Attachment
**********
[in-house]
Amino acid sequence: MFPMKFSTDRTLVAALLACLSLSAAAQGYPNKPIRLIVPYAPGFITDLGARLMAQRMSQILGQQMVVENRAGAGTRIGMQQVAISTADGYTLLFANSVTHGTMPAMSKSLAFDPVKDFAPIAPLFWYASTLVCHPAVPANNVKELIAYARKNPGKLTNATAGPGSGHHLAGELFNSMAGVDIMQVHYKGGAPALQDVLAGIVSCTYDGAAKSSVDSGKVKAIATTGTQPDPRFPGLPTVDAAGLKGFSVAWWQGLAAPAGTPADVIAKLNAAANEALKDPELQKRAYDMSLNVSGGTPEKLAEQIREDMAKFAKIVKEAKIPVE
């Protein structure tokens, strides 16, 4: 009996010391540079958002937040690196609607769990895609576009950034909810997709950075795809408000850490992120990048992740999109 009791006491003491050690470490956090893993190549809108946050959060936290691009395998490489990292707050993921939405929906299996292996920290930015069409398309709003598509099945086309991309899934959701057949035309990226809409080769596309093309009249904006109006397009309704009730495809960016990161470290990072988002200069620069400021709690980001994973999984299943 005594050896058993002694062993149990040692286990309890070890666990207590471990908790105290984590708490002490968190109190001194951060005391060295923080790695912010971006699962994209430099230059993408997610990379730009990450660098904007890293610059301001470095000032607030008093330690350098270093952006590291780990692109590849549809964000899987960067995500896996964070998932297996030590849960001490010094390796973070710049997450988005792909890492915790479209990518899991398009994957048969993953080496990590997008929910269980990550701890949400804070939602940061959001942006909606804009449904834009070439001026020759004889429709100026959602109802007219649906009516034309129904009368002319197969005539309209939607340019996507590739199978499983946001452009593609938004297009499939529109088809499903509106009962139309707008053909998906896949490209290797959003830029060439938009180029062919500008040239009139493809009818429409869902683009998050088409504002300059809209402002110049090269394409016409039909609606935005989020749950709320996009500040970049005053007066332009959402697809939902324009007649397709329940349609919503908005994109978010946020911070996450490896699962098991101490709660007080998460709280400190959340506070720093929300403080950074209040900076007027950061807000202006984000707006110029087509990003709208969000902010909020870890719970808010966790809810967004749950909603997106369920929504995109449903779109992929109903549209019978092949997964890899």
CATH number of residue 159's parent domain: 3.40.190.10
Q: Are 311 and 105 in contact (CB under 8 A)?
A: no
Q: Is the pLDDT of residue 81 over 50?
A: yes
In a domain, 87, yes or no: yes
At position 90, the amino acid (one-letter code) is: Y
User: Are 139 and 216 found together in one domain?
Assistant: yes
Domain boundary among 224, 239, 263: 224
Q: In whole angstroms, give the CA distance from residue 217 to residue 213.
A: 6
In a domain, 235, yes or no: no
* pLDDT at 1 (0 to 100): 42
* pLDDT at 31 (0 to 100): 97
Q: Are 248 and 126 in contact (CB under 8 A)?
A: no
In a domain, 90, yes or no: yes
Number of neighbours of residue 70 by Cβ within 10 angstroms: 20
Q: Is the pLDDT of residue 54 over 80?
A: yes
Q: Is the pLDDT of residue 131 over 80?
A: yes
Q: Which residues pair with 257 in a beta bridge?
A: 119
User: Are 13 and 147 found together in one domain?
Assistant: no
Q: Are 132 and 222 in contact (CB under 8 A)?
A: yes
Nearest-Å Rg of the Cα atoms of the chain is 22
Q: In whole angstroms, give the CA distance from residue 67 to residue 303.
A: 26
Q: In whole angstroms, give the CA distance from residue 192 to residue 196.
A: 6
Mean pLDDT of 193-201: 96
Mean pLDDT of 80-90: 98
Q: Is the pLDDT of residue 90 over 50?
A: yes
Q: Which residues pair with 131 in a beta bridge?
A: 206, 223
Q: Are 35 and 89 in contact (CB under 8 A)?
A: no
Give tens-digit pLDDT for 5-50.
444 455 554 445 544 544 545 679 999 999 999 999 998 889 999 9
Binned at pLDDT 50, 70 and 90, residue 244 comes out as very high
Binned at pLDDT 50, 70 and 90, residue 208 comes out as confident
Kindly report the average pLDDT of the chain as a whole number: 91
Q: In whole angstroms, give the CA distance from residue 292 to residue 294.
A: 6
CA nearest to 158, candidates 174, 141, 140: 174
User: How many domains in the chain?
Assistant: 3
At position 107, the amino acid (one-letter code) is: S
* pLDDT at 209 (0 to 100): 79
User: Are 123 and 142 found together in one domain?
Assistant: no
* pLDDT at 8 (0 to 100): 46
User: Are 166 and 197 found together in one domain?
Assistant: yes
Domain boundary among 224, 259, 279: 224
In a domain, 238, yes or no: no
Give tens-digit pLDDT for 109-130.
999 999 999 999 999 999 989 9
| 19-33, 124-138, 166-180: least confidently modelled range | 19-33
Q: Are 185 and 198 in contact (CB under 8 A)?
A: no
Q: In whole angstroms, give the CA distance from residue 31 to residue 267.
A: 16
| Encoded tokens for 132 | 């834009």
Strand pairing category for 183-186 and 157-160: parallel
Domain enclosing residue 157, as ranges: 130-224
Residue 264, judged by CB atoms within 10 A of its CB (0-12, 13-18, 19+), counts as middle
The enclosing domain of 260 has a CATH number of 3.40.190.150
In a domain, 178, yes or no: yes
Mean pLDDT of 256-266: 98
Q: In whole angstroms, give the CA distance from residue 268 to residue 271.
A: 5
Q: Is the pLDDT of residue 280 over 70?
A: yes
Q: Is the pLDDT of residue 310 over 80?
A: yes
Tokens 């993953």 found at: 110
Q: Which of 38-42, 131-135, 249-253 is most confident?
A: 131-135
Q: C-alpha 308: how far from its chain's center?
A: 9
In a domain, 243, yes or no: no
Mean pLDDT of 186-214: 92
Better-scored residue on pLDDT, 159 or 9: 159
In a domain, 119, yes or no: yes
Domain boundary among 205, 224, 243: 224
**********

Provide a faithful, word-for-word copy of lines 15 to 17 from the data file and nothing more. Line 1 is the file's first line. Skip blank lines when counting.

A: 6
In a domain, 235, yes or no: no
* pLDDT at 1 (0 to 100): 42